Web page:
If you like the architecture of the 20th century Kaunas, Lithuania will be a real treat for you!
The city’s development from the interwar period between 1919 and 1939 is a real masterpiece and a reason itself to visit Kaunas. The number of buildings in the modernist style is enormous and following the architecture route is one of the best things to do in Kaunas that will keep you busy for a few hours.
Background of modernism in Kaunas
Due to the turbulences in history, in 1919 Kaunas suddenly became a new capital of the restored Lithuanian state, temporary replacing Vilnius in that position.
Before it was just a small and modest town on the outskirts of the Russian Empire, the center of the Kovno Governorate (one of 117 in the Russian state). Overnight it had to change into the capital.
Buildings of the public use were much needed and eventually built: offices, hospitals, schools, hotels, infrastructure, residential and industrial spaces.
Overall, in those 20 years, around 12.000 new buildings appeared in Kaunas. Around half of them are still present in Kaunas, many are a perfect example of modernist architecture of that time.
Even if Kaunas is one of the oldest cities in the region, the interwar period was the most important time in the city’s development (hence it’s often called “the golden age of Kaunas”) and shaped the current vibe, look and identity of the place.
Best architects of Kaunas modernist architecture
The city had to be built from scratch, therefore lots of people were involved in its development.
Some of the most known Lithuanian architects helped with creating a new capital were Feliksas Vizbaras, Vladimiras Dubeneckis, Karolis Reisonas, Edmundas Alfonsas Frykas, Arnas Funkas, and Vytautas Landsbergis-Zemkalnis. Besides them, some foreigners were also invited to help.
Thanks to them Kaunas modernist architecture became a mix of international influences, with knowledge brought from Italian, German, French or Russian schools. That’s why at that time Kaunas was sometimes called “Little Paris” (after avant-gardist French Art déco) or “Little Boston” (after luxurious American Art Deco).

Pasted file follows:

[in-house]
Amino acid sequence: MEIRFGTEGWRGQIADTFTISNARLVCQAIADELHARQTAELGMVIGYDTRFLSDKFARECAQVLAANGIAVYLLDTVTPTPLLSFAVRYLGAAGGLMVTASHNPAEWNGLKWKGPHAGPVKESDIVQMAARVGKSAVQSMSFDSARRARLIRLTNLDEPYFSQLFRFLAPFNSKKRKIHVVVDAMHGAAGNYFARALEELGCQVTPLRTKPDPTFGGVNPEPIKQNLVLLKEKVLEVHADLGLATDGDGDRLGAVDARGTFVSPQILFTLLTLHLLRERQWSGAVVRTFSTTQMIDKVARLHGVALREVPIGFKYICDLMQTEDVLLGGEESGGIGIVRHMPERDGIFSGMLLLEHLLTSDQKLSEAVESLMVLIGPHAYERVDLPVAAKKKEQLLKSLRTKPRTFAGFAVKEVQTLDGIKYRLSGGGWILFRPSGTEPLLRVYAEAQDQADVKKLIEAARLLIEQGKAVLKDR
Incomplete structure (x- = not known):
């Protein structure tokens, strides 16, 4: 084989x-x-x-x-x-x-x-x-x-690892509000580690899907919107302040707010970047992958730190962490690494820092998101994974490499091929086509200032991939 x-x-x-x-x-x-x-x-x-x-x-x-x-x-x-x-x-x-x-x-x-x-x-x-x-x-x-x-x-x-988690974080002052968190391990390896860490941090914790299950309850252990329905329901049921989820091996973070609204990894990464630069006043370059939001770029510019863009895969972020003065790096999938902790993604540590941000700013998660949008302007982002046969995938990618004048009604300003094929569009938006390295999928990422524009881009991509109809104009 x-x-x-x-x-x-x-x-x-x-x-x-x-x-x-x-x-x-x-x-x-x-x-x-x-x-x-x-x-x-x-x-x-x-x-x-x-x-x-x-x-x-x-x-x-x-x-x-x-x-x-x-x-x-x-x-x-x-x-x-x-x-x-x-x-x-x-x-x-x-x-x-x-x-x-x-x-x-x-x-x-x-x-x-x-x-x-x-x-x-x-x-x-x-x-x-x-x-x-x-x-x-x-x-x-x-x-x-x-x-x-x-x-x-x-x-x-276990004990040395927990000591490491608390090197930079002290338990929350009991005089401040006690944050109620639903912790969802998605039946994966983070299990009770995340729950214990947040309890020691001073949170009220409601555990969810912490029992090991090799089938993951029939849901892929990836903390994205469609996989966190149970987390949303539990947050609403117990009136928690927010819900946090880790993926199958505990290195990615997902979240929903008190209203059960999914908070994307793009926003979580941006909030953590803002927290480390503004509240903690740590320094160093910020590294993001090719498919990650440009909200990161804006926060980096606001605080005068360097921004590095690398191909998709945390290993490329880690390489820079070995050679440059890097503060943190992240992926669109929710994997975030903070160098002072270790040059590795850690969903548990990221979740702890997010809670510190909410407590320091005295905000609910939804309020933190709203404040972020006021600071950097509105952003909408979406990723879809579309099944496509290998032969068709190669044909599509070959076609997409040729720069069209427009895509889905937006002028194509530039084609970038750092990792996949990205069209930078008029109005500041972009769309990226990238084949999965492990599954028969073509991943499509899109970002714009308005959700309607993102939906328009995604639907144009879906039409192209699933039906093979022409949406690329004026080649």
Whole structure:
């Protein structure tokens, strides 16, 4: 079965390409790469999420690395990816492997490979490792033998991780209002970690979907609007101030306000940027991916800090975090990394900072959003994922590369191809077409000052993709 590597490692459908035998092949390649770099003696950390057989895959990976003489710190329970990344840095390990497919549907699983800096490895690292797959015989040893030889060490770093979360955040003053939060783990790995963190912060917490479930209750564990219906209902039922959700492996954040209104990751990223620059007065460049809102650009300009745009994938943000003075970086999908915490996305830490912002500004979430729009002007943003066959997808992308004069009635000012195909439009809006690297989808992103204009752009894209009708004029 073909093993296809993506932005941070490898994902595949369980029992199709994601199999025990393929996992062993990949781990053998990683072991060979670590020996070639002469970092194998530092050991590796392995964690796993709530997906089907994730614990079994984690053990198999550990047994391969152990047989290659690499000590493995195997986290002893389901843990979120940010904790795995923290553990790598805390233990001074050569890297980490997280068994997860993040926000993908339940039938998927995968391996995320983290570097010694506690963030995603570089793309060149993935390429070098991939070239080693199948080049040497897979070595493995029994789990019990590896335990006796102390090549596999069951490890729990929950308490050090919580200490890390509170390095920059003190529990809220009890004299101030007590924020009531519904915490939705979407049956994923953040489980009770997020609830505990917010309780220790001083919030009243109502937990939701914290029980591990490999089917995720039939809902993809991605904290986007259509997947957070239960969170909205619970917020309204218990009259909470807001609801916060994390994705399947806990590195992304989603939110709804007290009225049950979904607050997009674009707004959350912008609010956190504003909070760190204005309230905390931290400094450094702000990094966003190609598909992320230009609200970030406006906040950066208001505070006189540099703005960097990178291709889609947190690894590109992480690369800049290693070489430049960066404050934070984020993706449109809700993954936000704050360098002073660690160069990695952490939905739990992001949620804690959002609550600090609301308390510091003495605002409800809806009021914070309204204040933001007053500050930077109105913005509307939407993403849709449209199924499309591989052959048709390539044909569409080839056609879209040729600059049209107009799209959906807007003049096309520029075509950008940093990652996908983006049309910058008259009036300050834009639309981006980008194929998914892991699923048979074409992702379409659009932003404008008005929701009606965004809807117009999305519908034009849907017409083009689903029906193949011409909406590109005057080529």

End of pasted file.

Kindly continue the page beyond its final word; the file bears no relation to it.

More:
Why modernism in Kaunas is so unique
In the interwar period, modernist architecture was at its peak of popularity and Kaunas isn’t the only city with many buildings in that style (look at Gdynia, Poland or Tel Aviv, Israel for example!). But modernism in Kaunas is unique and that’s why it is such an important part of the city’s identity and heritage.
If you look carefully at some of the buildings you will notice references to the local symbols or beliefs and national art. Lithuanians are very connected with nature and you will see unique details showing what’s important to the local people. You can also find Baltic folk elements and regional Baroque motifs on the buildings.
While in other cities the public space is clearly divided into the functional zones, in Kaunas everything is built in a fairly small area, with the borders between the zones interpenetrating.
With so many international influences mixing here with the small-size city, symbolism and the intimate character of Kaunas, the local modernist architecture is one of a kind and it’s impossible to compare it to the movement in any other city.
But the main reason why modernism in Kaunas is so popular and so impressive is the number of buildings built in this style, around 12.000. No other places in Europe can compare to Kaunas in that aspect. The dense concentration of modernist buildings in the city center is unique in the European scale!
The future of modernist heritage in Kaunas
I’m not the only one who enjoys and appreciate the modernism in Kaunas. The city got a few important awards and recognitions for its interwar architecture.
Modernist architecture in Kaunas is already included in the UNESCO World Heritage Tentative List and has great chances to be part of the list itself as “The Capital Inspired by the Modern Movement”.
Kaunas also holds the title of “UNESCO city of design” and one of the reasons why it got this award was the modernist architecture.
When sightseeing in Kaunas you might notice the European Heritage Label sign on some of the modernist buildings (exactly 44 of them). This award, granted by the European Commission, is proof of the extreme value in the creation of today’s Europe.
Only 38 buildings, documents, museums, archives, monuments or events from all over Europe have this title and the modernist architecture in Kaunas is the only Lithuanian addition to this list. This shows how unique and valuable the interwar architecture here is!
Today some of the buildings with European Heritage Label are abandoned and in poor condition while others are still shining after the renovations. But with all these recognition and understanding of the value, I believe it’s a matter of time all the significant buildings will be renovated.
The modernist architecture in Kaunas is constantly discovered, awarded and promoted and I’m not afraid of its future. I’m sure it will be admired and appreciated by many in the years to come.
Where to find modernist architecture in Kaunas